In 1990 a University of Florida microbiologist, Lonnie Ingram, transferred genes responsible for ethanol fermentation to E. coli from another bacterium. Many of the descriptions and examples in the patent involved hemicellulosic sugars, which make up a large fraction of the sugars available in cellulosic biomass such as corn stalks and wood chips. The patent thus described a way to make cellulosic-ethanol production practical. It has been cited 23 times, including four in 2010, suggesting that it’s one of the more important patents in the field. Above is IPVision’s interactive analysis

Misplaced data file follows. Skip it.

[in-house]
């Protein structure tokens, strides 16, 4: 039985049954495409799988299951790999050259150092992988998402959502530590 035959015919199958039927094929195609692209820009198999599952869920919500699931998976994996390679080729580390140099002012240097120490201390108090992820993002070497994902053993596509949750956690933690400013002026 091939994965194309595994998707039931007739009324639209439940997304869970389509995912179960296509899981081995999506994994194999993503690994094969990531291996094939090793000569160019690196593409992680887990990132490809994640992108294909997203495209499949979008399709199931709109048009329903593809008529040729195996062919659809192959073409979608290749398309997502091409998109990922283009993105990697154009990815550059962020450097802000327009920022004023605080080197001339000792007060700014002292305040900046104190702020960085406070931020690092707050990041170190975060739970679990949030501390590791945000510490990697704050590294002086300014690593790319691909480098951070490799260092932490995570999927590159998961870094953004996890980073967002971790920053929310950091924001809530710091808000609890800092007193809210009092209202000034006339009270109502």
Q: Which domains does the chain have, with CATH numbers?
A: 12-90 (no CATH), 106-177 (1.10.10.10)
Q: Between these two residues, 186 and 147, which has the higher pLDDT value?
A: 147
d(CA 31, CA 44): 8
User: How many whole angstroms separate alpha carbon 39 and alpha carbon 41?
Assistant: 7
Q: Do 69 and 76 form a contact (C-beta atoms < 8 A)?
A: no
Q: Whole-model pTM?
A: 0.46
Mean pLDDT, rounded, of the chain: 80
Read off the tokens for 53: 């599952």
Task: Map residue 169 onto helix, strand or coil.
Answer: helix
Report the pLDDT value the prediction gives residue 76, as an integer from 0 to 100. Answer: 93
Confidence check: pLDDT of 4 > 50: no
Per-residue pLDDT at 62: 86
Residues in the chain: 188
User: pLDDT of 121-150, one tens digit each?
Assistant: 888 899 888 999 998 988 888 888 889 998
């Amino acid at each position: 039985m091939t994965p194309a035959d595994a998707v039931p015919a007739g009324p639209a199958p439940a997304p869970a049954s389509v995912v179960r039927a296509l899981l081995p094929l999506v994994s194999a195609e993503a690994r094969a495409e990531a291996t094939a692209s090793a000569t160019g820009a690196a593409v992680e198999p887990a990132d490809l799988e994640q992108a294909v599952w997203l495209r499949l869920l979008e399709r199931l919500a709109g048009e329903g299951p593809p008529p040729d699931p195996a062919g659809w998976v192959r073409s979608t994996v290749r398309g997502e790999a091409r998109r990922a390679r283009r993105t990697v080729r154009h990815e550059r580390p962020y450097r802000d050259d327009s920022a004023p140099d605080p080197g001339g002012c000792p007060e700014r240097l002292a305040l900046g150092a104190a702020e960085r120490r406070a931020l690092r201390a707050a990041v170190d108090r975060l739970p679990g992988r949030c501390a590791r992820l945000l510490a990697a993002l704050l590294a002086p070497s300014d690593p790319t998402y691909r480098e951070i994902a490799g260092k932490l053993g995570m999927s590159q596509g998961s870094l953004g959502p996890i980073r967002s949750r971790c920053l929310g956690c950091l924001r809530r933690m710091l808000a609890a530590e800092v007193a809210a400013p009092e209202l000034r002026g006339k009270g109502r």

of Ingram’s patent and its impact.